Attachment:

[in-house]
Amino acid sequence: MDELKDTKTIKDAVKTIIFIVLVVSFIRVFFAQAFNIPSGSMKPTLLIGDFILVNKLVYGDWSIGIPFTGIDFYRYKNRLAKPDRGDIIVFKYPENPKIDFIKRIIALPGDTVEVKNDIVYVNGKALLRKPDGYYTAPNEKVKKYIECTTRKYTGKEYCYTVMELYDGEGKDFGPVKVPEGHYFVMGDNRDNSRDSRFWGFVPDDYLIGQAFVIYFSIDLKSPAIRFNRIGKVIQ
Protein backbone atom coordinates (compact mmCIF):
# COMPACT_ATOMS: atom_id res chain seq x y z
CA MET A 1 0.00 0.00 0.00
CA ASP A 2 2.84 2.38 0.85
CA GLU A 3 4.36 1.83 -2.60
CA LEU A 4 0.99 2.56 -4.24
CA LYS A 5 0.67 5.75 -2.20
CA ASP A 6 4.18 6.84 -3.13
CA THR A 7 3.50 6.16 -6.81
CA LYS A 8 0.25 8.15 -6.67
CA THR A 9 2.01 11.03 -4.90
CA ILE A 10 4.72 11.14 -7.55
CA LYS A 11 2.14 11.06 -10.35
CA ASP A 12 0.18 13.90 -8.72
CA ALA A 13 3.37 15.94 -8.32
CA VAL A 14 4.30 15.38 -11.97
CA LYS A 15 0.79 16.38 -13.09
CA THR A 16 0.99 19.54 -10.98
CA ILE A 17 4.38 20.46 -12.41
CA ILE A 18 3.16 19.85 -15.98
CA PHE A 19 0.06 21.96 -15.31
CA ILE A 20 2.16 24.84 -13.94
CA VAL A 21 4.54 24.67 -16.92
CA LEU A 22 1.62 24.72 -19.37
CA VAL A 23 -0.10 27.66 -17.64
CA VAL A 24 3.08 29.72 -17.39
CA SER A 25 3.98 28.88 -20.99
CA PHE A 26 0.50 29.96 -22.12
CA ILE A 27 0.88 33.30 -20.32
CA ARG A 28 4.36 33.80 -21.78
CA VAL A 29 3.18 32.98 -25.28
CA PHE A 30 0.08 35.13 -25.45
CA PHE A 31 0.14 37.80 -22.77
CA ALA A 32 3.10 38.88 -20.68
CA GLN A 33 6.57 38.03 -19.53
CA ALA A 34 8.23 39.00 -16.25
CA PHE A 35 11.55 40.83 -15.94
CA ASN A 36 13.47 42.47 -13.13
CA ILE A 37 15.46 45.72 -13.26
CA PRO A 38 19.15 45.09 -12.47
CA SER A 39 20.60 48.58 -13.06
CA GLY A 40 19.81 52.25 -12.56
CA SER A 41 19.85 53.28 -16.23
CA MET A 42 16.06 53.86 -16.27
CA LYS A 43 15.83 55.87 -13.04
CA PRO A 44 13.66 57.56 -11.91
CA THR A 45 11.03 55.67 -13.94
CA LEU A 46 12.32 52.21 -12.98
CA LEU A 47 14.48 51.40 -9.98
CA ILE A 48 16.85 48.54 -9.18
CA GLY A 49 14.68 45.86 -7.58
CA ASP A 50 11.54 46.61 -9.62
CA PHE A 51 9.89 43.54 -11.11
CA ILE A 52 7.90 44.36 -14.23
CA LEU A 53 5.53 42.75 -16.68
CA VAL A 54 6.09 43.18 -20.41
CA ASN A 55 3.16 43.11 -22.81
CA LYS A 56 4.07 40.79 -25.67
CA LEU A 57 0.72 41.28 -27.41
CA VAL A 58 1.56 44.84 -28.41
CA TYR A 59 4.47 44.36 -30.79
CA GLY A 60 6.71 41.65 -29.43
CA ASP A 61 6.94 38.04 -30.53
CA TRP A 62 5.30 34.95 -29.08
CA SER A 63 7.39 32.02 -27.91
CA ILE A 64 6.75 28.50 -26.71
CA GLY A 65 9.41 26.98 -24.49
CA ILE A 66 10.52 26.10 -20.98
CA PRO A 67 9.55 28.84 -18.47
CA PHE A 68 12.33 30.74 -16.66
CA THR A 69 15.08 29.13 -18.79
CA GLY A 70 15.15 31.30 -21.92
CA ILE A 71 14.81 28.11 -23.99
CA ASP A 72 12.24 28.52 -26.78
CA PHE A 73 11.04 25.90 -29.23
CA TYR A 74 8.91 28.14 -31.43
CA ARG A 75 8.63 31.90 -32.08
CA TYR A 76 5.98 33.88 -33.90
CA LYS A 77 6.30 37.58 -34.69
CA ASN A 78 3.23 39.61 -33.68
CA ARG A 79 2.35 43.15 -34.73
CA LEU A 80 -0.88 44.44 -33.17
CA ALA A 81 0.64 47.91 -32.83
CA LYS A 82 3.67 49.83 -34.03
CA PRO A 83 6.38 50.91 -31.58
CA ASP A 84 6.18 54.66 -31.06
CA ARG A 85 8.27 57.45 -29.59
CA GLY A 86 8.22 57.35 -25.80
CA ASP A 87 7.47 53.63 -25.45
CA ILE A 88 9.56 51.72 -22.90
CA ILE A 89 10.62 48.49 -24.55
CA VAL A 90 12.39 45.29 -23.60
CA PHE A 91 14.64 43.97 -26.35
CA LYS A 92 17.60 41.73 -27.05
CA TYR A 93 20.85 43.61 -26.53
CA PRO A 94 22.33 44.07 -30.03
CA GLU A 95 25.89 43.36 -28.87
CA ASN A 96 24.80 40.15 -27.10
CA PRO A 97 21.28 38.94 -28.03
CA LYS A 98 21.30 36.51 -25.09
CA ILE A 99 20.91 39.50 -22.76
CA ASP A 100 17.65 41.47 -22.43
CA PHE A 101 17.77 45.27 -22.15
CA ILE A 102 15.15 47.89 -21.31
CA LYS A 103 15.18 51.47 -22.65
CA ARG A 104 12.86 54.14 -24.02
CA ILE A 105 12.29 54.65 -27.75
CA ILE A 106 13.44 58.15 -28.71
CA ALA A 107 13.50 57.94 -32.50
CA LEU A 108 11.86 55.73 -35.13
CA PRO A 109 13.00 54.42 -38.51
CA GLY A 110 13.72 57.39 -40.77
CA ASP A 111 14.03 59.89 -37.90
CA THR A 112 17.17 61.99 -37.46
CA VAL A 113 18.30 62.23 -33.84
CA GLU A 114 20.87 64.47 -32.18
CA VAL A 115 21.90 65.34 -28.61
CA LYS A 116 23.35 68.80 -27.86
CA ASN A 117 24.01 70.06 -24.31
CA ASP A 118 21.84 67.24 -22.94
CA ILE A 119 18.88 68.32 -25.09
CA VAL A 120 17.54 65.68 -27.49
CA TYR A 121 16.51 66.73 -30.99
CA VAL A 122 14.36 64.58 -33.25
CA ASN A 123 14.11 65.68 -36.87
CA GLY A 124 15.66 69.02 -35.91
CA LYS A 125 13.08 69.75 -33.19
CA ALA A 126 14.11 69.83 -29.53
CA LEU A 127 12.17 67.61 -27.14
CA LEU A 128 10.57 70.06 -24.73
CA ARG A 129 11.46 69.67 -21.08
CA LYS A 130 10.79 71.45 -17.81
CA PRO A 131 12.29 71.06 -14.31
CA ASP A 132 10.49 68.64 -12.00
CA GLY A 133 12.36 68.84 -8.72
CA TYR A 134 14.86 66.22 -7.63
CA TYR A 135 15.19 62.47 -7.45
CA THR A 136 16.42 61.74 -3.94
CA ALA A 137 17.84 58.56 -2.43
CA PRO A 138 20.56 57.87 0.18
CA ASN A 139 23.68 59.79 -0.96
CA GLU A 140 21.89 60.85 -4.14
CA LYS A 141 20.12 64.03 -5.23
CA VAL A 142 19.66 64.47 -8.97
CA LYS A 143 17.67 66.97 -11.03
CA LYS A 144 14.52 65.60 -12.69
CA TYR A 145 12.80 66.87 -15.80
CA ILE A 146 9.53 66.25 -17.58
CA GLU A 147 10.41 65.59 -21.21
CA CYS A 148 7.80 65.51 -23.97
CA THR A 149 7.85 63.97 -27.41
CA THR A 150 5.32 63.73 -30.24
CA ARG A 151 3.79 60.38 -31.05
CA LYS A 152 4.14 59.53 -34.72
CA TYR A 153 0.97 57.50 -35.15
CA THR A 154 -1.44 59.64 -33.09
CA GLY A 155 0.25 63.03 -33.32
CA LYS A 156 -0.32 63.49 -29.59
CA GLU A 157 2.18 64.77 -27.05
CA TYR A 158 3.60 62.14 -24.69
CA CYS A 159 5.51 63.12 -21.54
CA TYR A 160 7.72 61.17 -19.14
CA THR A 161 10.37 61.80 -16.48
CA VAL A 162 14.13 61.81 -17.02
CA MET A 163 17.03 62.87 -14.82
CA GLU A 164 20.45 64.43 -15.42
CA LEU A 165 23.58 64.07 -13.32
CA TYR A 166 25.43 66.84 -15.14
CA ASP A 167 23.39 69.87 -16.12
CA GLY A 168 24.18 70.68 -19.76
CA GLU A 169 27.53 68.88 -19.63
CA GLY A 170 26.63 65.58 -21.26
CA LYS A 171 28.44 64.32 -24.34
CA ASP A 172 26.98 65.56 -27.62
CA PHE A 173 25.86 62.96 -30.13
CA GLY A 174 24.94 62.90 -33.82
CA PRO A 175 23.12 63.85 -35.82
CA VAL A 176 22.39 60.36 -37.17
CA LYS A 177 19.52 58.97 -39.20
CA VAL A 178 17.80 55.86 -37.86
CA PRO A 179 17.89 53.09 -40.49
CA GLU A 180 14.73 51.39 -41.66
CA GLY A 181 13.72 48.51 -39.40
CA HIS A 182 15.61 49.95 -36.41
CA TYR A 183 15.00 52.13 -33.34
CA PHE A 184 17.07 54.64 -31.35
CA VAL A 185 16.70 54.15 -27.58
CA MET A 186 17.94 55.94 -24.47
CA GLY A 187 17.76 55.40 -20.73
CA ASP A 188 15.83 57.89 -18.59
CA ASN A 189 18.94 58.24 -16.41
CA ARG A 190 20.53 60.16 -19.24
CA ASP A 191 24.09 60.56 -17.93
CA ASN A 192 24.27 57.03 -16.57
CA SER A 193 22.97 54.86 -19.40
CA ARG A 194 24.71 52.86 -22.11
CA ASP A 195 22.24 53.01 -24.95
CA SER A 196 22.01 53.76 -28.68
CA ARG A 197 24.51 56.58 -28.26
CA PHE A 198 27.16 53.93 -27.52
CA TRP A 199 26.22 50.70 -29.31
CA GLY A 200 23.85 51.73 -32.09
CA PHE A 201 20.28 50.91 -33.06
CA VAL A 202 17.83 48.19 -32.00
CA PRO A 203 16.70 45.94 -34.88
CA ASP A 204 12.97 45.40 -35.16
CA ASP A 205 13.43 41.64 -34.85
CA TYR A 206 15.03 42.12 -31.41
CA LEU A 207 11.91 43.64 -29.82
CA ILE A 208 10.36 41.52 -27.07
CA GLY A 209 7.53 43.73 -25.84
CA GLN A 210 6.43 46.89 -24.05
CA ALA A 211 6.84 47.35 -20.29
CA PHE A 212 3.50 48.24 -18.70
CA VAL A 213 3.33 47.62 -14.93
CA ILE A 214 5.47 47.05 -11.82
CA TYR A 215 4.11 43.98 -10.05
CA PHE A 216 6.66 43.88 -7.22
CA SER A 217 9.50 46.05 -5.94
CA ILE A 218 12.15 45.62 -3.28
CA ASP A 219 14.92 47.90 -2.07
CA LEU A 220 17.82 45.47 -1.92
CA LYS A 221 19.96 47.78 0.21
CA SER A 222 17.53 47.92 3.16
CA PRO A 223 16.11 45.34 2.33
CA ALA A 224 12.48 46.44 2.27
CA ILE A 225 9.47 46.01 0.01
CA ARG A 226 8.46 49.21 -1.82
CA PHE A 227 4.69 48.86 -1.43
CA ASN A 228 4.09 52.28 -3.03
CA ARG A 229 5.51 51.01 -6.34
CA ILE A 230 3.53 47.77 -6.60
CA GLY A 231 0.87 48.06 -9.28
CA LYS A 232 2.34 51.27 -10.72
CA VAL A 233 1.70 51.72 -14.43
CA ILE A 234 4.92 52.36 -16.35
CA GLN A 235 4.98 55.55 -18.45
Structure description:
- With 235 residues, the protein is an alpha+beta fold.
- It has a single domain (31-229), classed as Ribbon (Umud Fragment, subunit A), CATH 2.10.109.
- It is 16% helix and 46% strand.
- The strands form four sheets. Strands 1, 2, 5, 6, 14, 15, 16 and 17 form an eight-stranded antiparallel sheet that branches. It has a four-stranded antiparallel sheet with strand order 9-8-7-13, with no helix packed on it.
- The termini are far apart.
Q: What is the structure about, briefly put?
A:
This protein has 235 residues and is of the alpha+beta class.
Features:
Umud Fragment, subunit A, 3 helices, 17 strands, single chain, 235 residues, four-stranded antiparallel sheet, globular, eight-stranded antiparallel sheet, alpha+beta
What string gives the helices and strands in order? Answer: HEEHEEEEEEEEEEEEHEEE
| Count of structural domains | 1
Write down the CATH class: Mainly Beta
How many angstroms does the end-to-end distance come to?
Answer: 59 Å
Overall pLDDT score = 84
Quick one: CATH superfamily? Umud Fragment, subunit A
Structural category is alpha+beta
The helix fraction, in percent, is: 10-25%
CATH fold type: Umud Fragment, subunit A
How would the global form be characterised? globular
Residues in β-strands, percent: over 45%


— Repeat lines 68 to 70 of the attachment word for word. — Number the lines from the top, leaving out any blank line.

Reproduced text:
CA ILE A 64 6.75 28.50 -26.71
CA GLY A 65 9.41 26.98 -24.49
CA ILE A 66 10.52 26.10 -20.98